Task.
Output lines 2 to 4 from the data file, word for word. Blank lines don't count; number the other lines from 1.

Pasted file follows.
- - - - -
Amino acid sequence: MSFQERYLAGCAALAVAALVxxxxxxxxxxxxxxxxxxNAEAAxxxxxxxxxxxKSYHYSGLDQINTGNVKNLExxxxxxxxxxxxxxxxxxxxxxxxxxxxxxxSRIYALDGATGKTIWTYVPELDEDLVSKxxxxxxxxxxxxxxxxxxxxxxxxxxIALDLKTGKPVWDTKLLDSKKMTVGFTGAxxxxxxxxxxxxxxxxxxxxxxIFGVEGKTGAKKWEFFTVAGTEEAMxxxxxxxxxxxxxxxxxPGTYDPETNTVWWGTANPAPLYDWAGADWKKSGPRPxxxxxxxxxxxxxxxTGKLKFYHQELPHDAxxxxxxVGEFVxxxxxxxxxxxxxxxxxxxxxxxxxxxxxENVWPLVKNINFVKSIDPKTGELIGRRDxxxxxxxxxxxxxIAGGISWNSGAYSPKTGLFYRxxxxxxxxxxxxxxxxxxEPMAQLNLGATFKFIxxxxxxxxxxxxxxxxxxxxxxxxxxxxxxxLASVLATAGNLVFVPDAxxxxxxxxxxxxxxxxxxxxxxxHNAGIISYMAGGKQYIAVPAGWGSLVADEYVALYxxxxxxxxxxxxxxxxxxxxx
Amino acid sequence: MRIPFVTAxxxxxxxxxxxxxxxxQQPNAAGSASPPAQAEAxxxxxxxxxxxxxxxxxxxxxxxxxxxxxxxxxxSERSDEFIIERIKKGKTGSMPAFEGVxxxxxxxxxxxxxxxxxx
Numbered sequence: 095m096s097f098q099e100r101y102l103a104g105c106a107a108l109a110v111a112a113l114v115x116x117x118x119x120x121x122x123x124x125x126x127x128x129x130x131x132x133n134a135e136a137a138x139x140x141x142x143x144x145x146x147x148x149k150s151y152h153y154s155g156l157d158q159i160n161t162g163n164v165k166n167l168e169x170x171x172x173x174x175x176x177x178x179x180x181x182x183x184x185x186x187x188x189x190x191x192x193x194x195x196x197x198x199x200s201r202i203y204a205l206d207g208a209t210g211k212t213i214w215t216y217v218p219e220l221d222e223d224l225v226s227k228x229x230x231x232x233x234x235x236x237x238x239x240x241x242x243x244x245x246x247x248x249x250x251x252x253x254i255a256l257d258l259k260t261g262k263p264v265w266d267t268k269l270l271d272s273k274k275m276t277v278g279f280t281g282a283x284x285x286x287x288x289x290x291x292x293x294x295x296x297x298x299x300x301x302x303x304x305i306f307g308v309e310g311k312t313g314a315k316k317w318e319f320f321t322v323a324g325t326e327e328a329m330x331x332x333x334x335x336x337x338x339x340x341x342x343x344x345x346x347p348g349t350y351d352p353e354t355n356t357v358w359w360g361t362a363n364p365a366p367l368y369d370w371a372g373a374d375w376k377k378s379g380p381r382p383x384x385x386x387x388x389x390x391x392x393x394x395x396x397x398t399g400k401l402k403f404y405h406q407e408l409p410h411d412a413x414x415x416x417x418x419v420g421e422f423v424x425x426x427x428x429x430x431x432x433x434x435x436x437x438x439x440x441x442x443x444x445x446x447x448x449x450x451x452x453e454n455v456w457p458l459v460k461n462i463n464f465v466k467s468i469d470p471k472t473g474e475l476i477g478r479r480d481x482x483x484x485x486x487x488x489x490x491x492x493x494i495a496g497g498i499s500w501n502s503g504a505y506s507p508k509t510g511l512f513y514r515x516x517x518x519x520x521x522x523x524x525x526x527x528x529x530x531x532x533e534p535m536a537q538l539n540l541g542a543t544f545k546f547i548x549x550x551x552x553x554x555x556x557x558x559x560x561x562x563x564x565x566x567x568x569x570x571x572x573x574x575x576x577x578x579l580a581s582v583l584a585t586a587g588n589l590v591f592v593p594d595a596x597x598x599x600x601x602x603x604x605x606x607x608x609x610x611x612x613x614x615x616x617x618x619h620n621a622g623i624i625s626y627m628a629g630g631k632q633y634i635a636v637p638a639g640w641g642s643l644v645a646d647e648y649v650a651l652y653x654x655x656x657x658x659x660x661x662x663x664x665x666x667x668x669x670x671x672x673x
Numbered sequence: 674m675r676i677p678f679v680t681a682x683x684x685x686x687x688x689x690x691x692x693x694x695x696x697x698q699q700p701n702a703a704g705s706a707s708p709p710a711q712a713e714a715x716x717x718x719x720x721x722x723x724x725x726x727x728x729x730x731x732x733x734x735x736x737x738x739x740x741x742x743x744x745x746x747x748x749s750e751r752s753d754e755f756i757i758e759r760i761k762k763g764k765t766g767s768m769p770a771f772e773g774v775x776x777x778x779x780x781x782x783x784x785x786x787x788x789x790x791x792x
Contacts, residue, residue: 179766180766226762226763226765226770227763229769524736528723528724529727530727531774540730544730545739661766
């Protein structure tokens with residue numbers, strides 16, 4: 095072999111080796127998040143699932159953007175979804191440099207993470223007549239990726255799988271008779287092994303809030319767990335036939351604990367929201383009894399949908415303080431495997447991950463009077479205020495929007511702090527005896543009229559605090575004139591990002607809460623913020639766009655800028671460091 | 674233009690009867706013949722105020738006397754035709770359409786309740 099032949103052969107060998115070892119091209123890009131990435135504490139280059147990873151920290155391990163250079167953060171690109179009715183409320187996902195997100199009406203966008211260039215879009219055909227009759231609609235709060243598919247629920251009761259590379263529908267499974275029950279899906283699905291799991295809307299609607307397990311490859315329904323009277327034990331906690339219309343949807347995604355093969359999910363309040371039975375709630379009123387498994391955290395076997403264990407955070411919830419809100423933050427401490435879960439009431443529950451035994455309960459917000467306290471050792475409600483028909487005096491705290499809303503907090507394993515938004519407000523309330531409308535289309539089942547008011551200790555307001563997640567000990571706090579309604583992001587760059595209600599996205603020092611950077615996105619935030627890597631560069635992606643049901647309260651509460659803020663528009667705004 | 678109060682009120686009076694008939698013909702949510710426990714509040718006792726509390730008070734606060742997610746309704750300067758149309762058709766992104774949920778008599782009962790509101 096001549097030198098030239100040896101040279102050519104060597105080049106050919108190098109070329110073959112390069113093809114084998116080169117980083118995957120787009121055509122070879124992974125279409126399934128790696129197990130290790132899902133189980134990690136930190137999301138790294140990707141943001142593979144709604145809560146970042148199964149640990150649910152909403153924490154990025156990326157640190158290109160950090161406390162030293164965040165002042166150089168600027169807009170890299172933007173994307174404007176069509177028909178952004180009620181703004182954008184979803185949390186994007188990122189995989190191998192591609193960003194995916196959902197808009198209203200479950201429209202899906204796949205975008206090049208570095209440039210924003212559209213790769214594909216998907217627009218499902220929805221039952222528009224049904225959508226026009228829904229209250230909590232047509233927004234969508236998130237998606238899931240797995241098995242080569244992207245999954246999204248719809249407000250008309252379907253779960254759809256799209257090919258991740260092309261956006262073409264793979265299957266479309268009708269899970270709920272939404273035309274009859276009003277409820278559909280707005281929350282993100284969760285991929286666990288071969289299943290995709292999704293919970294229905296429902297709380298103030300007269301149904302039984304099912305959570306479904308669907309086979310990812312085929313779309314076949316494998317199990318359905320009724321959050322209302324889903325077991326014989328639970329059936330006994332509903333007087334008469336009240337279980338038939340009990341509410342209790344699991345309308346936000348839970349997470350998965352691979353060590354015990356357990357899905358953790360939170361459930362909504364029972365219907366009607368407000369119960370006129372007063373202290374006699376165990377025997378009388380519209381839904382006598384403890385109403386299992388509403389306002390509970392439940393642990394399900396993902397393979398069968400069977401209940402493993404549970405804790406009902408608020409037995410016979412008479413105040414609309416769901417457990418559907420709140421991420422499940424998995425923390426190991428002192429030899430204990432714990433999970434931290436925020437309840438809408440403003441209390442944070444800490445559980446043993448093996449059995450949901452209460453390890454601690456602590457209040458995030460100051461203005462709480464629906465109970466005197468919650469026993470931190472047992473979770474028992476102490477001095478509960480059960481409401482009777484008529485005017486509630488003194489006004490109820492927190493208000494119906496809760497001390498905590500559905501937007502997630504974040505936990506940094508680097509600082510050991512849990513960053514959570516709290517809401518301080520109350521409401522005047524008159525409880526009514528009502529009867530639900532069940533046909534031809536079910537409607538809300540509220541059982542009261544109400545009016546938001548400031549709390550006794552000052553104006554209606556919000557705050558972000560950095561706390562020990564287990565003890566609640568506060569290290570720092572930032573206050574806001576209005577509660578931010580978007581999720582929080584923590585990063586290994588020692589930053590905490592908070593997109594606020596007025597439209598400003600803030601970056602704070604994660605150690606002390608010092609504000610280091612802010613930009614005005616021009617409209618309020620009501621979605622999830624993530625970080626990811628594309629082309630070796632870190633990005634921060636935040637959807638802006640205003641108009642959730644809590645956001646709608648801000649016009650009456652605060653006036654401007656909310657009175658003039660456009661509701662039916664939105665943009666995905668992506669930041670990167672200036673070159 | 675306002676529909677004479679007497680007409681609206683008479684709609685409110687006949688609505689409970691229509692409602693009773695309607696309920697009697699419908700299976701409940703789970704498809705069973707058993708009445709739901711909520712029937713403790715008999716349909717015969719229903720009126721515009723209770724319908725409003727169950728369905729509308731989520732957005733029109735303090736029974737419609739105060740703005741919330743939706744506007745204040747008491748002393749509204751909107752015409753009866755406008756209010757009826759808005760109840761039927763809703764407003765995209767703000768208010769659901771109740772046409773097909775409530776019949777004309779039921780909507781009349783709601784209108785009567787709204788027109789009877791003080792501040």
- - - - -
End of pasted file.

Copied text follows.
Amino acid sequence: MRIPFVTAxxxxxxxxxxxxxxxxQQPNAAGSASPPAQAEAxxxxxxxxxxxxxxxxxxxxxxxxxxxxxxxxxxSERSDEFIIERIKKGKTGSMPAFEGVxxxxxxxxxxxxxxxxxx
Numbered sequence: 095m096s097f098q099e100r101y102l103a104g105c106a107a108l109a110v111a112a113l114v115x116x117x118x119x120x121x122x123x124x125x126x127x128x129x130x131x132x133n134a135e136a137a138x139x140x141x142x143x144x145x146x147x148x149k150s151y152h153y154s155g156l157d158q159i160n161t162g163n164v165k166n167l168e169x170x171x172x173x174x175x176x177x178x179x180x181x182x183x184x185x186x187x188x189x190x191x192x193x194x195x196x197x198x199x200s201r202i203y204a205l206d207g208a209t210g211k212t213i214w215t216y217v218p219e220l221d222e223d224l225v226s227k228x229x230x231x232x233x234x235x236x237x238x239x240x241x242x243x244x245x246x247x248x249x250x251x252x253x254i255a256l257d258l259k260t261g262k263p264v265w266d267t268k269l270l271d272s273k274k275m276t277v278g279f280t281g282a283x284x285x286x287x288x289x290x291x292x293x294x295x296x297x298x299x300x301x302x303x304x305i306f307g308v309e310g311k312t313g314a315k316k317w318e319f320f321t322v323a324g325t326e327e328a329m330x331x332x333x334x335x336x337x338x339x340x341x342x343x344x345x346x347p348g349t350y351d352p353e354t355n356t357v358w359w360g361t362a363n364p365a366p367l368y369d370w371a372g373a374d375w376k377k378s379g380p381r382p383x384x385x386x387x388x389x390x391x392x393x394x395x396x397x398t399g400k401l402k403f404y405h406q407e408l409p410h411d412a413x414x415x416x417x418x419v420g421e422f423v424x425x426x427x428x429x430x431x432x433x434x435x436x437x438x439x440x441x442x443x444x445x446x447x448x449x450x451x452x453e454n455v456w457p458l459v460k461n462i463n464f465v466k467s468i469d470p471k472t473g474e475l476i477g478r479r480d481x482x483x484x485x486x487x488x489x490x491x492x493x494i495a496g497g498i499s500w501n502s503g504a505y506s507p508k509t510g511l512f513y514r515x516x517x518x519x520x521x522x523x524x525x526x527x528x529x530x531x532x533e534p535m536a537q538l539n540l541g542a543t544f545k546f547i548x549x550x551x552x553x554x555x556x557x558x559x560x561x562x563x564x565x566x567x568x569x570x571x572x573x574x575x576x577x578x579l580a581s582v583l584a585t586a587g588n589l590v591f592v593p594d595a596x597x598x599x600x601x602x603x604x605x606x607x608x609x610x611x612x613x614x615x616x617x618x619h620n621a622g623i624i625s626y627m628a629g630g631k632q633y634i635a636v637p638a639g640w641g642s643l644v645a646d647e648y649v650a651l652y653x654x655x656x657x658x659x660x661x662x663x664x665x666x667x668x669x670x671x672x673x
Numbered sequence: 674m675r676i677p678f679v680t681a682x683x684x685x686x687x688x689x690x691x692x693x694x695x696x697x698q699q700p701n702a703a704g705s706a707s708p709p710a711q712a713e714a715x716x717x718x719x720x721x722x723x724x725x726x727x728x729x730x731x732x733x734x735x736x737x738x739x740x741x742x743x744x745x746x747x748x749s750e751r752s753d754e755f756i757i758e759r760i761k762k763g764k765t766g767s768m769p770a771f772e773g774v775x776x777x778x779x780x781x782x783x784x785x786x787x788x789x790x791x792x